Fever and Rash
A fever is one sign of the body’s defense response. A fever occurs when a pyrogen, a toxin, or cytokine produced by an infectious agent, human tissue, or a medication acts on the anterior hypothalamus to increase the body’s temperature set point. Because fever can occur as a nonspecific response associated with a variety of illnesses, both infectious and noninfectious, other clues are used to determine the underlying cause. Oftentimes, a concurrent rash can help clinch the diagnosis. Fever and rash can occur as a result of an infection, a reaction to a medication, or a systemic illness. A thorough and complete history and physical examination is essential to determine the underlying etiology.
There are a number of different types of rashes that can occur with fevers. Observing the specific morphology, associated clinical features, distribution, and natural history of the eruption can aid in the diagnosis. Occasionally, fever and rash can be the presenting features of a life-threatening illness and these require immediate intervention (see GENERALIZED ERUPTIONS). In this chapter, some of the most common rashes that occur with fever are outlined by morphology of the eruption, their typical distribution, natural history, and associated symptoms are presented to serve as an aid in the diagnosis.
Morbilliform eruptions are composed of pink to red discrete macules and slightly raised papules that oftentimes have a peripheral blanched halo. The most common causes of fever and morbilliform eruptions can be seen in the setting of an infection, a drug reaction, or a systemic illness; the most common associations are listed below.
Nonspecific Viral Exanthem
Most often caused by non-polio enteroviruses and respiratory viruses (adenovirus, rhinovirus, parainfluenza virus, respiratory syncytial virus, influenza virus).
Generalized (Fig. 21.1)
Mostly trunk and extremities, less often the face
Begins after prodrome of fever and malaise
Heals spontaneously in 1 to 3 weeks
Usually preceded by fever and prodromal symptoms including malaise, rhinorrhea, cough, or gastrointestinal complaints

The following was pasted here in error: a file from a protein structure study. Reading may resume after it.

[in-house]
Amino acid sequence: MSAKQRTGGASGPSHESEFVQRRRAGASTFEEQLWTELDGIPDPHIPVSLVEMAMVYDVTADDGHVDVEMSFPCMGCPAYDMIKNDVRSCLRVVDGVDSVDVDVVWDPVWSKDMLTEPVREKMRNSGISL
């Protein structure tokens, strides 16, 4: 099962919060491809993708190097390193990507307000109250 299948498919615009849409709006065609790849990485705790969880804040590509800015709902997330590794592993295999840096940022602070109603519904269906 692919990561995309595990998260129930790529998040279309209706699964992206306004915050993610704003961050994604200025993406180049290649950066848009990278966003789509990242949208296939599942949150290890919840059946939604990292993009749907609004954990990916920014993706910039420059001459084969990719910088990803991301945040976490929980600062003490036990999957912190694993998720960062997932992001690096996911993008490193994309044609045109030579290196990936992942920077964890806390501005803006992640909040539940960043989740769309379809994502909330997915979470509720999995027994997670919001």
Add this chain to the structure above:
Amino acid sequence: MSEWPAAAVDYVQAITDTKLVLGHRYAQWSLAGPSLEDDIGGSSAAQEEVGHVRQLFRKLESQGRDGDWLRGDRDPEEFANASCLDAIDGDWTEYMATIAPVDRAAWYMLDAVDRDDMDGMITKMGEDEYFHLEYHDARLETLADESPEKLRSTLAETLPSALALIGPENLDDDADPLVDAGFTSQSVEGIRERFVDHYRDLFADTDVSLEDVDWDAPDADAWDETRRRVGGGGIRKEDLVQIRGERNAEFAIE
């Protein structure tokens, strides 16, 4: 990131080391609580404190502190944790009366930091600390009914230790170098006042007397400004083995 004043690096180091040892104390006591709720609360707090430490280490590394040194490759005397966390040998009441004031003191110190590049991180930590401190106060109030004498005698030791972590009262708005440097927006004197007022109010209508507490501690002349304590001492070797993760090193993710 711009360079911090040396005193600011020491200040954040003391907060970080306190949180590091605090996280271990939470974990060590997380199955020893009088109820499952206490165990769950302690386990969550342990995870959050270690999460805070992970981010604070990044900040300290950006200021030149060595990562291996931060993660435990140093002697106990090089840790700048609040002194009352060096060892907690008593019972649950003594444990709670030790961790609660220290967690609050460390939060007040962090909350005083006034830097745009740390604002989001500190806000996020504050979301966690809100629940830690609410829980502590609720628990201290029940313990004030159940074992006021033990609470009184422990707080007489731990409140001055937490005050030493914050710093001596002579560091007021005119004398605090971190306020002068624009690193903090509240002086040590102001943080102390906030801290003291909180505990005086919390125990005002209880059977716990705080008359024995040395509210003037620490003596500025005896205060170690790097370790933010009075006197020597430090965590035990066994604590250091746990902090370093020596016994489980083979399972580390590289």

The eruption itself is usually not itchy but appears redder and/or raised after a hot bath or heat
Supportive, mid- to low-potency topical steroids can be used to help with symptoms and shorten the course
Occurs in infants and unvaccinated children
Caused by an RNA Paramyxoviridae family virus
Decreased incidence worldwide but recent increased incidence in unvaccinated groups (infants <1 year, groups that defer vaccination, etc.)
Starts on forehead and upper neck and progresses to trunk and lower extremities over 3 days (Figs. 21.2 and 21.3)
Figure 21-2 Rubeola, measles.
Pink red macules and papules on the face, trunk, and extremities in an infant with measles.
Rash appears 3 to 5 days after prodrome
Spreads over 3 days
Resolves in 2 to 5 days
Prodrome of malaise, headache, and fever
The three “C’s”: cough, coryza, and conjunctivitis
Enanthem presents as punctate whitish gray spots on an erythematous base on buccal mucosa (Koplik spots)
Oral vitamin A supplementation in malnourished patients
Rubella (German Measles)
Occurs in unvaccinated populations
Caused by small RNA virus of the togavirus family
Also called “3-day measles”
First appears on face, then spreads downward to trunk and extremities (Fig. 21.4)
Becomes generalized within 24 hours
Rash lasts an average of 3 days but may be up to 8 days
Mild nonexudative conjunctivitis and an enanthem on the soft palate (Forchheimer spots) may occur
Arthritis and arthralgias most often of knees, wrists, and fingers may persist for a month or more
Figure 21-4 Rubella, German measles.
Pink red macules on the face and trunk. Rubella has been referred to as “3-day measles.”
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Roseola (Exanthem Subitum)
Occurs in infants and young children; also referred to as the sixth disease
Caused by human herpesvirus 6 (HHV-6)
Symptoms vary from absent to the classic presentation of a high fever of rapid onset followed by a rash
Starts on trunk, neck, and behind the ears and spreads to extremities
Pale pink macules progress to become confluent (Fig. 21.5)
Spares face and distal extremities
High fever for 3 days
Followed by typical rash
Resolves in 24 to 48 hours
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